Imagine, if you will, that a week has passed… The front end of the engine is in a right state and lurking underneath all that dirt, goo and crystallised rust is undoubtedly the explanation for the seemingly inoperative cooling. It’s all ripe for a tidy up and new belts, particularly as I can’t find anything to tell me when the last cambelt change was.
The thermostat housing came off without a fight, though I’m not sure how sarcastic the Haynes is being when it says to “recover the sealing ring” and inspect it before re-using … it’s the decomposed rubber remnants at the top of the picture.
Having read about the restorative properties of vinegar elsewhere, I sneaked a couple of bottles of Tesco’s cheapie stuff into the “big shop” trolley, figuring I could get away with it at 17p a bottle.
I put the housing into a 50:50 vinegar/water mix and left it overnight, then gave it a good scrubbing with a (softish) brass brush. It wasn’t the factory-fresh result that some have had, I’ll admit, but it’s shown it has some merit for further investigation.
A couple of coats of Hammerite and then in goes a new thermostat and gasket kit (sealing ring, metal clip and gasket), all sourced from Burton Power.
After removing the timing belt cover (eventually), 27 years of hidden goo finally got to see daylight. The problem I had was with the standoff bolt that fits in the hole on the top-right of the picture – the timing cover screws into this, but undoing the timing cover screw also undid the bolt, which then caused the tensioner spring to pop off – okay this time as I’m replacing the cam belt anyway, but not what I want to happen whenever the timing cover is removed in the future. Any grander solution than a bit of Loctite on the standoff bolt when it goes back in ?
To undo the tensioner plate, you need to undo the bolt above-left of the guide wheel and then use a “special tool” to undo the bolt holding in the tensioner spring and the plate itself. It turns out that this requires an M8 multi-spline bit (i.e. it’s got 12 splines), so a Torx bit, or anything else in the bottom of your toolbox is probably not going to be suitable. I gave in and picked this set up at the local factors for about six quid.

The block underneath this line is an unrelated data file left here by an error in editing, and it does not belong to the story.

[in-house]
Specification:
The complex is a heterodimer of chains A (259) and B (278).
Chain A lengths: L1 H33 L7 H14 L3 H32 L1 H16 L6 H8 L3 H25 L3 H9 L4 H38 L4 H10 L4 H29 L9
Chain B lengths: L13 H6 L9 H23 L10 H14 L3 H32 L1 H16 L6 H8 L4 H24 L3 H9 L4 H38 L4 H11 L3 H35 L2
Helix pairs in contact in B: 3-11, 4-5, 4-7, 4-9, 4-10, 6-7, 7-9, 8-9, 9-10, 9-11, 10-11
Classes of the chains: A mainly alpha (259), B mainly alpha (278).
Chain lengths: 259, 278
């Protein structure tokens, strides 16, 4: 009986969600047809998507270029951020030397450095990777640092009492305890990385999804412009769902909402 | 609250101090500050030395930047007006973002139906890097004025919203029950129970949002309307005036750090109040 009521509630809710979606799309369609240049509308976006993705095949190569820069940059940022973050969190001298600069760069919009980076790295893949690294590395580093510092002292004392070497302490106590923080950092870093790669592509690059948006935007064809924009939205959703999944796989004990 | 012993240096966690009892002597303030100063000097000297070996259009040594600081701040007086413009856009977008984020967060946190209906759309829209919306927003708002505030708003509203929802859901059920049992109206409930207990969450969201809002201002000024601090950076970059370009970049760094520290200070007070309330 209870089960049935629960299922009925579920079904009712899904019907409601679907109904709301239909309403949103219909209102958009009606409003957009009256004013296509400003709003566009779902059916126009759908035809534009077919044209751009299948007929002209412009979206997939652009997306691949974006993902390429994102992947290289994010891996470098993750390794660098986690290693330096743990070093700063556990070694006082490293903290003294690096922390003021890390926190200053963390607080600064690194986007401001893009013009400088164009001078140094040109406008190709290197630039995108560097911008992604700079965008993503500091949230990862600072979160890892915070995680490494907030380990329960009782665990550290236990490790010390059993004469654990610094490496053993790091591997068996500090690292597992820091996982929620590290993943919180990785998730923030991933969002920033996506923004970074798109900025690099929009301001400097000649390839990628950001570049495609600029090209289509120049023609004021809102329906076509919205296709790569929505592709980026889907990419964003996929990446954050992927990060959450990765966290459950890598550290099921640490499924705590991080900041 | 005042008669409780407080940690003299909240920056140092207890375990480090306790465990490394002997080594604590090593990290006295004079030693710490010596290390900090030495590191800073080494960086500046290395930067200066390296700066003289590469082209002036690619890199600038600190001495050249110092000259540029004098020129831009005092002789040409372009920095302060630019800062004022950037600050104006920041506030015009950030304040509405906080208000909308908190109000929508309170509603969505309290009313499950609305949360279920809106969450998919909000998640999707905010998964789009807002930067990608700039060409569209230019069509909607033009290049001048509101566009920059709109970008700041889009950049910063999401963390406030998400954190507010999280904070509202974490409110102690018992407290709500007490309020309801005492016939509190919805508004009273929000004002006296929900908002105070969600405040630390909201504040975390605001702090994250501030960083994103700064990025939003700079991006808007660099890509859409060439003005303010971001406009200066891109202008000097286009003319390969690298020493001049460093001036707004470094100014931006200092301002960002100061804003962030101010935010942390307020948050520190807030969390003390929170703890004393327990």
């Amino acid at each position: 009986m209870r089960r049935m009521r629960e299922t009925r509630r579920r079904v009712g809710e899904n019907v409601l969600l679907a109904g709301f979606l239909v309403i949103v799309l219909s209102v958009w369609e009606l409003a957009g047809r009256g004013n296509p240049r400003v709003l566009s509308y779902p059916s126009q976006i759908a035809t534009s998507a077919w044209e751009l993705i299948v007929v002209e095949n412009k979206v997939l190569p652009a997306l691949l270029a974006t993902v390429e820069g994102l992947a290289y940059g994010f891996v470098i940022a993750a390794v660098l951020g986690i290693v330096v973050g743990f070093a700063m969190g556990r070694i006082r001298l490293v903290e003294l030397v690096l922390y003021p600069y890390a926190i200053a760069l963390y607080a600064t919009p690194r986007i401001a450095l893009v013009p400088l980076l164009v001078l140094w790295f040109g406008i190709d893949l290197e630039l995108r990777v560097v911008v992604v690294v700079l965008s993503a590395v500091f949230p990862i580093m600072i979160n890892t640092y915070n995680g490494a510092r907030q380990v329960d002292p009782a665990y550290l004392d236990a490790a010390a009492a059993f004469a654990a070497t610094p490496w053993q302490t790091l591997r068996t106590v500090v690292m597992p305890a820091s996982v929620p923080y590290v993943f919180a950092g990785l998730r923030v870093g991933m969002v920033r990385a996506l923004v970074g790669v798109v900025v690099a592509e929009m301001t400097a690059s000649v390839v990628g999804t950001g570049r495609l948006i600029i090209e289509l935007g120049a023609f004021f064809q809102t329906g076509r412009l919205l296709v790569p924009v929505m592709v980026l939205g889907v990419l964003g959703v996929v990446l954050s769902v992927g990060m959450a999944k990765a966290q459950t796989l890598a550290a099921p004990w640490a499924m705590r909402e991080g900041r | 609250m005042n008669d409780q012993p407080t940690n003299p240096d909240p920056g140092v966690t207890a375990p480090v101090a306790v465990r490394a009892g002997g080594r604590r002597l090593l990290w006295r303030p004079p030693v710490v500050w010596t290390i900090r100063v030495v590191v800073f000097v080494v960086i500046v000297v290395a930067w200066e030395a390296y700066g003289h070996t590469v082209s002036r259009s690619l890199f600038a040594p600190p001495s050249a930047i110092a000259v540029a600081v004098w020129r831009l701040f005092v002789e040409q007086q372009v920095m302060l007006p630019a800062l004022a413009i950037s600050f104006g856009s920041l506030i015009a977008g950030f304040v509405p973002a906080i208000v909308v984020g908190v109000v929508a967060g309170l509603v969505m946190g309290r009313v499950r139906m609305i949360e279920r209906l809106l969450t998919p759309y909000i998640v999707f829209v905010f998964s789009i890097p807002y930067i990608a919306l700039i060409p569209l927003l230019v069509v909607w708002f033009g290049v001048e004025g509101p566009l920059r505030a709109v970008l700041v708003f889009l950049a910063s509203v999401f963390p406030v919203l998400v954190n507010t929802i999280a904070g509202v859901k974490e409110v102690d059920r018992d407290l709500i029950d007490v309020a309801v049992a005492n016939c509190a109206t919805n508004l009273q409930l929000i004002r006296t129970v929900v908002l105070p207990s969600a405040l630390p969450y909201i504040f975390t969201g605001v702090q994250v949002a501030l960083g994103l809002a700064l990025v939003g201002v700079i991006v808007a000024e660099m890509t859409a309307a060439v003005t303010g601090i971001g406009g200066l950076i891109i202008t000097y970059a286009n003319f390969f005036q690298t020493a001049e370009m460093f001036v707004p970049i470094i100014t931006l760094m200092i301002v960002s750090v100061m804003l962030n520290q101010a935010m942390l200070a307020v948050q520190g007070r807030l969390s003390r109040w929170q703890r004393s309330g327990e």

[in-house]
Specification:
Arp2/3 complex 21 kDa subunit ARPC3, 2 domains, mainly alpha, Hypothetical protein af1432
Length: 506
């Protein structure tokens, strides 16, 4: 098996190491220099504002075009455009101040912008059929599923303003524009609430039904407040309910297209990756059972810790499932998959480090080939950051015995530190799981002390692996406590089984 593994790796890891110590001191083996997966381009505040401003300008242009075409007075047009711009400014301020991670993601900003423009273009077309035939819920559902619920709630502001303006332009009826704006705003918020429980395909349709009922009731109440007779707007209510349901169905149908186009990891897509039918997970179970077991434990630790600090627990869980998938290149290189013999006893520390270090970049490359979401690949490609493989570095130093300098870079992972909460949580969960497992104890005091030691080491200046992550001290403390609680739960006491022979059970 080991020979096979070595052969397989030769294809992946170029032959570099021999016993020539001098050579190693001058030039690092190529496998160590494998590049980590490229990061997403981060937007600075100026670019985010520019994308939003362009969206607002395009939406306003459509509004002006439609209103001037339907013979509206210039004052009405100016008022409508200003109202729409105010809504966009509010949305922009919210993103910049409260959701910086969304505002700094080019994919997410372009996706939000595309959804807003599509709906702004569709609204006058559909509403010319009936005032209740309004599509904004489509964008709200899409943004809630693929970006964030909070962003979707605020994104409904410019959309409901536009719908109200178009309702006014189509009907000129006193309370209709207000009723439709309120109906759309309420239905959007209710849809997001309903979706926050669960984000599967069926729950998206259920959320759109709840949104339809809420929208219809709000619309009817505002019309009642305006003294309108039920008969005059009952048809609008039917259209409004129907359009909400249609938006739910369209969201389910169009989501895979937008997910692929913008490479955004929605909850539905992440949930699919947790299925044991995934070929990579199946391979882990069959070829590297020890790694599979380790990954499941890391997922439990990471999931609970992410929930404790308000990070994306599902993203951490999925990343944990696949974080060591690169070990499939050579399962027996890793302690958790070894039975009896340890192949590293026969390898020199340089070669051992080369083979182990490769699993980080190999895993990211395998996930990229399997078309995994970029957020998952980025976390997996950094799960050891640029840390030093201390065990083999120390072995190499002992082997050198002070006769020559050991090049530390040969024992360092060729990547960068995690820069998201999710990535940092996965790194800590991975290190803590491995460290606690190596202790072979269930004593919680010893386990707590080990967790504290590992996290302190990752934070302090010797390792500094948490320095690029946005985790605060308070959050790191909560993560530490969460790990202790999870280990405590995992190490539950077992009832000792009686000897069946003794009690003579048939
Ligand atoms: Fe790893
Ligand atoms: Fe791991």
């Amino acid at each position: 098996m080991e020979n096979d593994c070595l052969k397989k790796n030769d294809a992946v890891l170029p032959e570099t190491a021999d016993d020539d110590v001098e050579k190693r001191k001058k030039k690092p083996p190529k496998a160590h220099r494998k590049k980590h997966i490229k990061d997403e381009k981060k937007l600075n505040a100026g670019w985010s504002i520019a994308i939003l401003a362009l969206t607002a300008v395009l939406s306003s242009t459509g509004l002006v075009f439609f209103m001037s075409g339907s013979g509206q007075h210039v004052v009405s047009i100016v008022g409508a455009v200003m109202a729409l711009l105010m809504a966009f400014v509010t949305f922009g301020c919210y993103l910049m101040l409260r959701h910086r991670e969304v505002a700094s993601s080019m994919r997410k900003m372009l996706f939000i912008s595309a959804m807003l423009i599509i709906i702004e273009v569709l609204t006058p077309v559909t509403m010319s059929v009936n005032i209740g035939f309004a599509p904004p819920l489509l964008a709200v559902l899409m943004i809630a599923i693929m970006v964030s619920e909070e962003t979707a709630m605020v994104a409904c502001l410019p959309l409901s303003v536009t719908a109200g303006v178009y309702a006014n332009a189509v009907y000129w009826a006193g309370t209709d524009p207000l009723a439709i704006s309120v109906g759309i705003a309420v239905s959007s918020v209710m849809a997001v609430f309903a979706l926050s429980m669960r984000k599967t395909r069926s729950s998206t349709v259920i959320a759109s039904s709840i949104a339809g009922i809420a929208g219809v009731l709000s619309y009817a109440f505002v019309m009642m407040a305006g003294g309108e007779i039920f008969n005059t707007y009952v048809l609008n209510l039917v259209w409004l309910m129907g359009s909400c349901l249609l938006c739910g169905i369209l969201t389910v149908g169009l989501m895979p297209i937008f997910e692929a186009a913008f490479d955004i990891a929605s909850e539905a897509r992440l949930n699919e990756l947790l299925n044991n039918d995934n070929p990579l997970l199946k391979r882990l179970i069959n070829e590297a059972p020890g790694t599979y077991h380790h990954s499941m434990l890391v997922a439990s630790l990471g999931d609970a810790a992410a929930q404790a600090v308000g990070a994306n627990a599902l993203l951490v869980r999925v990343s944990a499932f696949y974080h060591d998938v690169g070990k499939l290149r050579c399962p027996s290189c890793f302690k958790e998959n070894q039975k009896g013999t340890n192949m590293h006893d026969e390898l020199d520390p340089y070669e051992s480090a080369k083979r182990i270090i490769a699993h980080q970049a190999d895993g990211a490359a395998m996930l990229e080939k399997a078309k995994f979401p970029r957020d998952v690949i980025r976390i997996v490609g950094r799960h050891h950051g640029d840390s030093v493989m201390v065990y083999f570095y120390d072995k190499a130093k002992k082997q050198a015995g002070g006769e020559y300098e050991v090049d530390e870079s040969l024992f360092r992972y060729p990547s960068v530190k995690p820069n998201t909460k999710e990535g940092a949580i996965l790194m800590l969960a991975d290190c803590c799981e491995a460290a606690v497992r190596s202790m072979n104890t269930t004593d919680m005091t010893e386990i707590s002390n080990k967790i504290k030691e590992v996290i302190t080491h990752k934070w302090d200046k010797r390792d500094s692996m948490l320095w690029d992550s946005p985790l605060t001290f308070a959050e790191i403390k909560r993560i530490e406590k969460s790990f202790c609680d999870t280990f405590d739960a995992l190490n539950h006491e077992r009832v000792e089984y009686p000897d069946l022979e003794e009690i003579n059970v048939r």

The tensioner assembly seemed to enjoy the vinegar bath even more than the thermostat housing … I might even end up with bling at this rate
The new cam belt has been sat on the shelf for months. If this picture helps anyone, it’s a Gates 5069 and it fits a whole host of motors…
And here it is on the engine. Before you get that far, you need to take off the crankshaft pulley, which means removing its retaining nut. There seems to be as many favourite ways of doing this as there are flavours of ice cream, but for me, I put it into third gear to lock the crank, got my biggest breaker bar, gave it a gentle pull to tighten the nut and crack the seal, then pushed it away and the nut came undone quite easily.
The old water pump housing was looking like the Dr Who special effects team had been at it, but the internals looked okay, so it got a quick clean up, a new gasket and went back on the engine.
When I came to put on the new bottom radiator hose that I’d bought a couple of months ago, I was reminded of the need to double-check what you get as soon as you get it – the original’s on the left and the “replacement” is on the right. There wasn’t a cat in hell’s chance of it fitting, so that was the end of another weekend! Ordered the correct one from a different supplier…
Using Gates’ online catalogue, I see that the hose is actually for a Cortina/Taunus – ho hum ! I guess it’ll be easier to just list it on eBay than go through the palaver of sending it back for a refund.